The clear benefit is that bandwidth isn’t wasted on bouncing users and the users that do visit know what they want. However, the downside is that websites lose the casual visitor and any webpage space dedicated to luring these casual visitors into the site would become wasted. This could mean the end of parked domain sites lurking at the top of Google results pages, if users using Instant Preview spot that the website contains no valuable content. With reduced click-thru (possibly) feeding into Google’s page rank algorithm, there is potential for a big shake up of results listings.

What about copyright or IPR

I’m only raising this here, as I’m sure a number of people will also start talking about the Intellectual Property Rights (IPR) issues of Google taking previews of websites. No doubt they will argue copyright infringement and as a result reduced traffic to their website. All I can say to that is, well, if its on the internet, someone, somewhere will have probably copied it before and used it for their own personal gain. So, instead of fighting this, you may as well embrace it.

How can websites take advantage of the Instant Preview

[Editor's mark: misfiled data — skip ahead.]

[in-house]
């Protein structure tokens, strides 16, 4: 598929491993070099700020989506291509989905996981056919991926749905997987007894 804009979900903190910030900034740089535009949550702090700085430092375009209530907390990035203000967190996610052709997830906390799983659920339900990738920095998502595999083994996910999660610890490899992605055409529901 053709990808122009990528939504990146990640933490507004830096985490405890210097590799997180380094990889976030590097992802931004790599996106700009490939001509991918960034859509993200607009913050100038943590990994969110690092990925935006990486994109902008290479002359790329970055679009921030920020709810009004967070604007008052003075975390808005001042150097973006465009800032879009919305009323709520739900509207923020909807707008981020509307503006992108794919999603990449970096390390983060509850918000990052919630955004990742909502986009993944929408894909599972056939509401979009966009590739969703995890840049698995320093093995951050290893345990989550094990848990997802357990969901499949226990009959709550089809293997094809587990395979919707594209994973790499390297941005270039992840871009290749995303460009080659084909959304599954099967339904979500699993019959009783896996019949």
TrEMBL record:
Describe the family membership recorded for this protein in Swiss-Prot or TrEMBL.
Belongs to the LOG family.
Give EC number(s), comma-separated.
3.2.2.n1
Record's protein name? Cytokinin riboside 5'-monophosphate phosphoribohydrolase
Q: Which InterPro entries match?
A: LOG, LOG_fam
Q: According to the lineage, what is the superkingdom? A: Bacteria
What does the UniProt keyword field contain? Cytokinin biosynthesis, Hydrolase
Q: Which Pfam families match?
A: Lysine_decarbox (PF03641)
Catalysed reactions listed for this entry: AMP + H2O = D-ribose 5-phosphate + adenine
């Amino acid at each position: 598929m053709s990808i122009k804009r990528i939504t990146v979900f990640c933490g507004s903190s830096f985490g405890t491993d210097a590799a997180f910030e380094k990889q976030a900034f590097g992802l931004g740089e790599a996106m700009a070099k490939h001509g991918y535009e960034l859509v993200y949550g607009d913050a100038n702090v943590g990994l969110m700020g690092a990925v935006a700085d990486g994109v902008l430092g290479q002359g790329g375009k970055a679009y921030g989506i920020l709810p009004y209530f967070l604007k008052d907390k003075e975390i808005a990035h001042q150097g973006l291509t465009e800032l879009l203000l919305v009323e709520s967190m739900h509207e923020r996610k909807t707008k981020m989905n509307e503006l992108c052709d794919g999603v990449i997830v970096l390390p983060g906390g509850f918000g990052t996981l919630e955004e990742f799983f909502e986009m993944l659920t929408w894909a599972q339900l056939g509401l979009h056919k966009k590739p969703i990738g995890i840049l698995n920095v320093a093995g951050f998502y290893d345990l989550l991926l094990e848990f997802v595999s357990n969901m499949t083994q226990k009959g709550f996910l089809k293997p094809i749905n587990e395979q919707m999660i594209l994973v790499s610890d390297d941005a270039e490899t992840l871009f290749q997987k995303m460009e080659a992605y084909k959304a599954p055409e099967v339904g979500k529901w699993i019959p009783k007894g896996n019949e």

First impressions of a webpage are now more important than ever. Google’s Instant Preview actually provides web designers the opportunity to stand out from the crowd by making sure that their webpages are visually appealing and the design complements the overall message that the organisation wants to display.

As the previews are small, large sections of the page dedicated to the organisation’s key elements will stand out. Thankfully the Instant Preview for my homepage makes it clear that my website has a blog and photos – the focus and purpose of my site. If you look at another of my previews, for one of my longer blog articles, users will see that there’s actually a lot of text content which they can read through. However, if they’re looking for something short and snappy, then perhaps my blog posts won’t suit them.

You can appreciate that when comparing results’ previews, first impressions are going to mean a lot to the end user. A site that looks dated or cluttered is not going to grab the attention of users using Instant Preview. Similarly, any sites still dependent on flash interfaces where the first page is simply an ‘Enter’ link is again not going to convey much to the user. I’m hoping therefore that the Instant Preview may encourage web designers to become more user-focused on their homepages and hence lead to better usability on their landing pages.


To take full advantage of Instant Preview, websites will need to think both in terms of content and usable design. Yes, Instant Preview could decrease visitor hits, but will dramatically improve bounce rates and could open new opportunities to websites who present their material in way that is instantly recognisable by users. It will also, hopefully, reduce the number of parked domain landing pages lurking at the top of the Google results page system.

Leave a Reply

Your email address will not be published.

This site uses Akismet to reduce spam. Learn how your comment data is processed.